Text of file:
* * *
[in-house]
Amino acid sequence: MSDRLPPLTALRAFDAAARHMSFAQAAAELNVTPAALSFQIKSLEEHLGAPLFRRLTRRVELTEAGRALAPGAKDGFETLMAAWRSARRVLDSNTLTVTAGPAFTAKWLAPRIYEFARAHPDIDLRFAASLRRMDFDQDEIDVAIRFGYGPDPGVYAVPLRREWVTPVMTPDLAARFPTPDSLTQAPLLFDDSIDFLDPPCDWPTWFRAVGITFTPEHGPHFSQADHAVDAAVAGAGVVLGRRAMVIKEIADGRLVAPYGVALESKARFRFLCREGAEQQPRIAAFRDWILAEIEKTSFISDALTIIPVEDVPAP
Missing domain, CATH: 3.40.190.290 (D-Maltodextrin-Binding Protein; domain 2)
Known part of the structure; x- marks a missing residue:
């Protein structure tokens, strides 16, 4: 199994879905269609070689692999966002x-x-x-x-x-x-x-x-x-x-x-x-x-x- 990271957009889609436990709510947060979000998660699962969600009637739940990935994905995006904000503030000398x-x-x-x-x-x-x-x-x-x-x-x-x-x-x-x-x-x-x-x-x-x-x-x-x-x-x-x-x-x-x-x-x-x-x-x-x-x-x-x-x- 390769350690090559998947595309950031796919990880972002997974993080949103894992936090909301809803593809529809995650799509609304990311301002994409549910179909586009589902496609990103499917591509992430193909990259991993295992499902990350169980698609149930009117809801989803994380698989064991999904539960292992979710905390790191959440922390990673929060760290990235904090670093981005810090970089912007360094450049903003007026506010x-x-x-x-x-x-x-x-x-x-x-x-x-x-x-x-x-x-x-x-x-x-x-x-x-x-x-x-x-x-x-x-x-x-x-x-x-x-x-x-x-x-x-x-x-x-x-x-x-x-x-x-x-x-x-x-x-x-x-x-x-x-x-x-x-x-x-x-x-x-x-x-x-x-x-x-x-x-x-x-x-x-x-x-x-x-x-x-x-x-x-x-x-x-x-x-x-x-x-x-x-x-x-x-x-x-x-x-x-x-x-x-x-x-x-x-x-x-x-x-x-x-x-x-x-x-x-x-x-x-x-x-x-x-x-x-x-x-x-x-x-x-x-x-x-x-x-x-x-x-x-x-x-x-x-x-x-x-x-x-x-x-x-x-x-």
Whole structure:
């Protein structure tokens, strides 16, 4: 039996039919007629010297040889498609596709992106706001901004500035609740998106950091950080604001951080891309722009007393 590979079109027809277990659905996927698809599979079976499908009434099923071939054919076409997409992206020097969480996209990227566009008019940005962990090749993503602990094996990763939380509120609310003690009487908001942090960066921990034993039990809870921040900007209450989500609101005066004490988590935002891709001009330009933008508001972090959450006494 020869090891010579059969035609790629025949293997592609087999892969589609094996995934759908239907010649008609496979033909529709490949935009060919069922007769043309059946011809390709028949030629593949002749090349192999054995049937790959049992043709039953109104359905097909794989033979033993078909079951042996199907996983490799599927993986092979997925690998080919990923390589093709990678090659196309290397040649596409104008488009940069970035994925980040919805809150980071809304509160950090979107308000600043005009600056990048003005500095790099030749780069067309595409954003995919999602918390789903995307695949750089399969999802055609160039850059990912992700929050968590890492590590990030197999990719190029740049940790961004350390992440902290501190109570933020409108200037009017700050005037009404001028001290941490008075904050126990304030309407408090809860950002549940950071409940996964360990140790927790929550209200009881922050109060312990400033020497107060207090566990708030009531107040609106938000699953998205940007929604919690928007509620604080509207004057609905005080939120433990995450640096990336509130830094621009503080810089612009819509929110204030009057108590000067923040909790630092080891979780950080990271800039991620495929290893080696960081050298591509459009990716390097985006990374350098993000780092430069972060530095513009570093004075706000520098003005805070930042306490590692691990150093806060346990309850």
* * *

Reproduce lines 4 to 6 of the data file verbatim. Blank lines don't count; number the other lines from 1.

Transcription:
Known part of the structure; x- marks a missing residue:
């Protein structure tokens, strides 16, 4: 199994879905269609070689692999966002x-x-x-x-x-x-x-x-x-x-x-x-x-x- 990271957009889609436990709510947060979000998660699962969600009637739940990935994905995006904000503030000398x-x-x-x-x-x-x-x-x-x-x-x-x-x-x-x-x-x-x-x-x-x-x-x-x-x-x-x-x-x-x-x-x-x-x-x-x-x-x-x-x- 390769350690090559998947595309950031796919990880972002997974993080949103894992936090909301809803593809529809995650799509609304990311301002994409549910179909586009589902496609990103499917591509992430193909990259991993295992499902990350169980698609149930009117809801989803994380698989064991999904539960292992979710905390790191959440922390990673929060760290990235904090670093981005810090970089912007360094450049903003007026506010x-x-x-x-x-x-x-x-x-x-x-x-x-x-x-x-x-x-x-x-x-x-x-x-x-x-x-x-x-x-x-x-x-x-x-x-x-x-x-x-x-x-x-x-x-x-x-x-x-x-x-x-x-x-x-x-x-x-x-x-x-x-x-x-x-x-x-x-x-x-x-x-x-x-x-x-x-x-x-x-x-x-x-x-x-x-x-x-x-x-x-x-x-x-x-x-x-x-x-x-x-x-x-x-x-x-x-x-x-x-x-x-x-x-x-x-x-x-x-x-x-x-x-x-x-x-x-x-x-x-x-x-x-x-x-x-x-x-x-x-x-x-x-x-x-x-x-x-x-x-x-x-x-x-x-x-x-x-x-x-x-x-x-x-x-």
Whole structure: